Felix Rohatyn, the financier and former ambassador to France, said his silver commandeur lapel thread also posed problems. “Sometimes if I leave it on and send it to the cleaners, it comes back with the thing off because they thought it was a laundry mark,” he said.
Only France's orders of chivalry could get such sympathetic coverage in the New York Times.

Sunday, May 04, 2008


Not everyone's happy about Gregory Levey's memoir, Shut Up I'm Talking, about working for the Israeli Mission to the U.N. (I wrote about it before.)

The Jewish Week News reports:
Ben Harris, Levy’s predecessor and now a reporter for JTA, writes in a book review: “It’s not hard to read Levey’s memoir as a colossal act of betrayal.”

Harris writes that Levey portrays Israel’s diplomatic efforts as “ferociously inept and staffed by such insipid characters that no one should ever wonder why Israel seems incapable of convincing the world of the basic justice of its cause.”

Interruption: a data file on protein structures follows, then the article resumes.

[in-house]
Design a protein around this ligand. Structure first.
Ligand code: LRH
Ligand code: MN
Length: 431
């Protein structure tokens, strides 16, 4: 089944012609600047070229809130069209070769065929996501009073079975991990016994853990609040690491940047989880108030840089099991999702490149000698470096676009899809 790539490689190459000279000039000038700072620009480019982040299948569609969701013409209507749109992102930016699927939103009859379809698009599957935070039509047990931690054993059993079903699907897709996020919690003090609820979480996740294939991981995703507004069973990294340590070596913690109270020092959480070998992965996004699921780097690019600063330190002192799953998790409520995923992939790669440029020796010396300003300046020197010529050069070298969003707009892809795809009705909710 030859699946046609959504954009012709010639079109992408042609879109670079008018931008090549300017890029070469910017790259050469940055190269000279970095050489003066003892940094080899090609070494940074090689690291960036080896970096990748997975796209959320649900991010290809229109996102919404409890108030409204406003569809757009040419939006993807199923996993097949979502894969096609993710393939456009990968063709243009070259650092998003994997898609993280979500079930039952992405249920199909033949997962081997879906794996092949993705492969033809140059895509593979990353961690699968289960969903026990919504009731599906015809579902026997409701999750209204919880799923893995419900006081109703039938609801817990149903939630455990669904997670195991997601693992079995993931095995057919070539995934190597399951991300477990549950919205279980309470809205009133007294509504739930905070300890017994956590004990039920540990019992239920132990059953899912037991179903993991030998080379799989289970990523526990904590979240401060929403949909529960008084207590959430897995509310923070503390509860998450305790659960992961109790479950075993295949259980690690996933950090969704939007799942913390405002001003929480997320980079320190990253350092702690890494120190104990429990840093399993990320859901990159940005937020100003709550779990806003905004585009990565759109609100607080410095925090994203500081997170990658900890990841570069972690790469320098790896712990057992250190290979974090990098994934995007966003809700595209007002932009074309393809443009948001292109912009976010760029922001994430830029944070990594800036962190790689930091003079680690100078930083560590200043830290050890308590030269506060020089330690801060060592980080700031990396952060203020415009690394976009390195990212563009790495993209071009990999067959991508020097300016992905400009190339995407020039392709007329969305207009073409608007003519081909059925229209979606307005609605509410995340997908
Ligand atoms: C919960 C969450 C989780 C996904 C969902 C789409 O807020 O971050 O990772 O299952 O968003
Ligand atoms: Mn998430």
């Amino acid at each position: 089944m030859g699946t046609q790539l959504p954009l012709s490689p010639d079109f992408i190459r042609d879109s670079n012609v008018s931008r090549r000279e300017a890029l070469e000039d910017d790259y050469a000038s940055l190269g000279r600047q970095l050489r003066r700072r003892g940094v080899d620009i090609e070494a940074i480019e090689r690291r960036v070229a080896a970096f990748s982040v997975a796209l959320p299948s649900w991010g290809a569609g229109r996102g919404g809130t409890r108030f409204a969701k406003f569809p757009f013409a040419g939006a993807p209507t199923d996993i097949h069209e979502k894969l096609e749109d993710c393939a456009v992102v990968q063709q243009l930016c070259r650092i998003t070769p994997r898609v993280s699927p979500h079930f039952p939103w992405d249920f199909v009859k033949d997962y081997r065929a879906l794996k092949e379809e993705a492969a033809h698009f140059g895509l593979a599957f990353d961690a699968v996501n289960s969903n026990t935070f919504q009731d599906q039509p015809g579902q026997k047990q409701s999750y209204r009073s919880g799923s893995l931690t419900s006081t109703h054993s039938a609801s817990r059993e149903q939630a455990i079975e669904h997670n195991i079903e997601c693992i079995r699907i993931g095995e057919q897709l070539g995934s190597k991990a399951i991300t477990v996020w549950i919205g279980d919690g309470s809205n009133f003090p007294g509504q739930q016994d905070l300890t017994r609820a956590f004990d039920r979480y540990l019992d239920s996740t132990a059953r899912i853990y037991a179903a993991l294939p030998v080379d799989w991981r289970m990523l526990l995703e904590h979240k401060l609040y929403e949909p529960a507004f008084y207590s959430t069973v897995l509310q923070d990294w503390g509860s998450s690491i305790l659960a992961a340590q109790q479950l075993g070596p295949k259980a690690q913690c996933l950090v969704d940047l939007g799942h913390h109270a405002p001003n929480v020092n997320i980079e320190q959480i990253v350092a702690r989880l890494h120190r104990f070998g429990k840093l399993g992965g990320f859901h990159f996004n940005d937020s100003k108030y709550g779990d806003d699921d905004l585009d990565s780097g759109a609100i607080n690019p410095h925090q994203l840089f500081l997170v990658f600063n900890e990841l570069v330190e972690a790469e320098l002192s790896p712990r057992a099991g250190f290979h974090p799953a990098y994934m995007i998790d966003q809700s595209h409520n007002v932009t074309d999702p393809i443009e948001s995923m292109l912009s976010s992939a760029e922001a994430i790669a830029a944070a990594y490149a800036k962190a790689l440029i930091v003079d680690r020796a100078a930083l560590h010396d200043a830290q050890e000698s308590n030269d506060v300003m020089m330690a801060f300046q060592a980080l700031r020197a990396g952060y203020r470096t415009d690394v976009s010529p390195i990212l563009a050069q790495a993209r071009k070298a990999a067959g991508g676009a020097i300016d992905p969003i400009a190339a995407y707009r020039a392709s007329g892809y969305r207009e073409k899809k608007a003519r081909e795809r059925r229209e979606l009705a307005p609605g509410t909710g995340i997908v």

But Levey defends his book, saying it was a “humorous take” about his experiences.

“I was just trying to bring light and humor to a situation that too often is taken too seriously,” he said. “It’s my own personal story and all I meant to do was to entertain. Everything in the book is true. Every incident is true, at least as I remember it. None of this should be taken negatively at all.”

The Sunday Serial

I've been a big fan of the New York Times' Sunday Serial since Scott Turow started writing for it in April 2006.

The latest is by Colin Harrison, a writer with whom I was not previously familiar. And from the second paragraph he's showing a virtue of the serial as a form: its ability to be absolutely topical, because of the shorter lead time compared to a book.

While they'd attempted this a bit in the past, I don't believe they've done it to this level of immediacy.
It all began the second Friday in April, a sloppy, cold day. People had finally stopped discussing Eliot Spitzer’s many complex urges. Oil had just hit $112 a barrel, but no one was shocked. People were getting worked up about the Olympics in China. The stock market, so recently up after being so recently down, was down again, and everyone I knew was hoping that the Fed’s quasi-legal voodoo might actually work, so that we wouldn’t all be sucked into a giant, cheap-dollared vortex of recession, inflation and coast-to-coast foreclosures. Then again, many of the folks in my firm had been slyly loading up on gold for months and no doubt counted themselves smart for betting against the American economy. Me, I’d done nothing to prepare for the fiscal apocalypse. All I wanted was to go home and have dinner with Susan.